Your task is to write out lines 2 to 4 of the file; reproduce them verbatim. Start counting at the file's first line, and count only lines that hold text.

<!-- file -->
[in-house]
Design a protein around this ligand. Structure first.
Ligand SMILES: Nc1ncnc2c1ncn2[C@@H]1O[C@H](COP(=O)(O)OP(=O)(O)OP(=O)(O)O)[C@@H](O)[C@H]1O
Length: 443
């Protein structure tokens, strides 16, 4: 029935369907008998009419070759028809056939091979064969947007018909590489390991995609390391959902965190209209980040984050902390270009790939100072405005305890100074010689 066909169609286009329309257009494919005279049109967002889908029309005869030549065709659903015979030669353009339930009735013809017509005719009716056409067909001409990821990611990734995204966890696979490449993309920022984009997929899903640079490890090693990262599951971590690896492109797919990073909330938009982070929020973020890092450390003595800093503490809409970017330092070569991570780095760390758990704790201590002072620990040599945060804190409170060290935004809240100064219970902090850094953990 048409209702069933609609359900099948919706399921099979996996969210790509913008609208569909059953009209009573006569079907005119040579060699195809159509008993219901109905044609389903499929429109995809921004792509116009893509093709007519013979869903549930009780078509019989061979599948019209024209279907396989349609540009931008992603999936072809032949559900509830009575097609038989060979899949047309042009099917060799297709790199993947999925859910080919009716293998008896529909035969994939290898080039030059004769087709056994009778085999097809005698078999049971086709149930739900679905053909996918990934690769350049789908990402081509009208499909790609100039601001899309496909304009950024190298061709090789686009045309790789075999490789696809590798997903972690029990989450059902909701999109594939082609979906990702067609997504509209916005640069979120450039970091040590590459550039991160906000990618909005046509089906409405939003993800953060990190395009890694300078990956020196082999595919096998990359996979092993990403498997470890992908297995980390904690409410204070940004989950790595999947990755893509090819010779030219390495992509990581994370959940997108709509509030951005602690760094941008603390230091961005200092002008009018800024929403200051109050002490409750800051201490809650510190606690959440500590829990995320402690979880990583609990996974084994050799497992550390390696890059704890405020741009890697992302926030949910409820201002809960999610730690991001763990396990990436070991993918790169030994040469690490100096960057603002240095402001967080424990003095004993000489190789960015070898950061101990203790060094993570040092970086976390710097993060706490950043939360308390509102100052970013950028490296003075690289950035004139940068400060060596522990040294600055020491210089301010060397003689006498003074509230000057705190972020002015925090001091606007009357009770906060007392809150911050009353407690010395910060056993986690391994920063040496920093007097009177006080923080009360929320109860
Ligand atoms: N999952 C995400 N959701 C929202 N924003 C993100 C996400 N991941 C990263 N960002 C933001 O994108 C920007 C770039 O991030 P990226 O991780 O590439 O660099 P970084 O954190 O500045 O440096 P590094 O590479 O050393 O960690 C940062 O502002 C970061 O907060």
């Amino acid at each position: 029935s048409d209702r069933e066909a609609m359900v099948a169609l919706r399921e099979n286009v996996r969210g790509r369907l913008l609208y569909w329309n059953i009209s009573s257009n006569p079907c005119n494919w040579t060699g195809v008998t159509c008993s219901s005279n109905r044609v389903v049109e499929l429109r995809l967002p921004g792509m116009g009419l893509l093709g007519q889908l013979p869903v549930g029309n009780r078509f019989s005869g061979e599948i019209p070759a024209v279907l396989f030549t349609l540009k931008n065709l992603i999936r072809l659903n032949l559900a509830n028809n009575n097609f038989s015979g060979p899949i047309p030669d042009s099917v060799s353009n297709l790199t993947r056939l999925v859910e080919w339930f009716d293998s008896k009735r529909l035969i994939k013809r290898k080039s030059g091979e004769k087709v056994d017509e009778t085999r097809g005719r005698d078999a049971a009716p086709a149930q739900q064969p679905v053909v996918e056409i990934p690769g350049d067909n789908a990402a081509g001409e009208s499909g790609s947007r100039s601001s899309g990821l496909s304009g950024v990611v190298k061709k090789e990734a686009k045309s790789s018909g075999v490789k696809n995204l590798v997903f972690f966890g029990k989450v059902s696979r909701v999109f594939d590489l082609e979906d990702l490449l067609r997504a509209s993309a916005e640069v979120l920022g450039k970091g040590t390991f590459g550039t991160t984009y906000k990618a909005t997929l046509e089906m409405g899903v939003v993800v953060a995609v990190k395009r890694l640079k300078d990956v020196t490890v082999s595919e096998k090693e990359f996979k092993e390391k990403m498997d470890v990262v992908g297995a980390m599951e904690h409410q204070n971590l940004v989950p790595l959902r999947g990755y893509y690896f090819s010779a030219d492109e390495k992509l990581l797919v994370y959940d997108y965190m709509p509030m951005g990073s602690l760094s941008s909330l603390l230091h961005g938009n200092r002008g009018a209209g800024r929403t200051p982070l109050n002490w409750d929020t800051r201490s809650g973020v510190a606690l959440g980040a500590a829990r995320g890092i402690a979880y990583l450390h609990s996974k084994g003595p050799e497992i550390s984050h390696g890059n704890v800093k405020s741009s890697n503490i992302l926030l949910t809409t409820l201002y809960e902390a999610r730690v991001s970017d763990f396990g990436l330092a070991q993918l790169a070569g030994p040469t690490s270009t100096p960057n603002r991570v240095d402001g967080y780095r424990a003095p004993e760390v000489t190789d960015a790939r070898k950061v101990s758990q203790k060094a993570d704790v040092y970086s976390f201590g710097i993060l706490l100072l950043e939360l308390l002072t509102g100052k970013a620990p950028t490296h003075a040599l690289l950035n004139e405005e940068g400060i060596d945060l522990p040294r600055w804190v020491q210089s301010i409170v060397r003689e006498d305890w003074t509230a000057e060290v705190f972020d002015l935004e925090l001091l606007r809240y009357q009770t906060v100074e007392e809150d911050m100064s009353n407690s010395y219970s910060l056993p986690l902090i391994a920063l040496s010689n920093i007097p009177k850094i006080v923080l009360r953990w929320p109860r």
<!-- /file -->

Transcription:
Design a protein around this ligand. Structure first.
Ligand SMILES: Nc1ncnc2c1ncn2[C@@H]1O[C@H](COP(=O)(O)OP(=O)(O)OP(=O)(O)O)[C@@H](O)[C@H]1O
Length: 443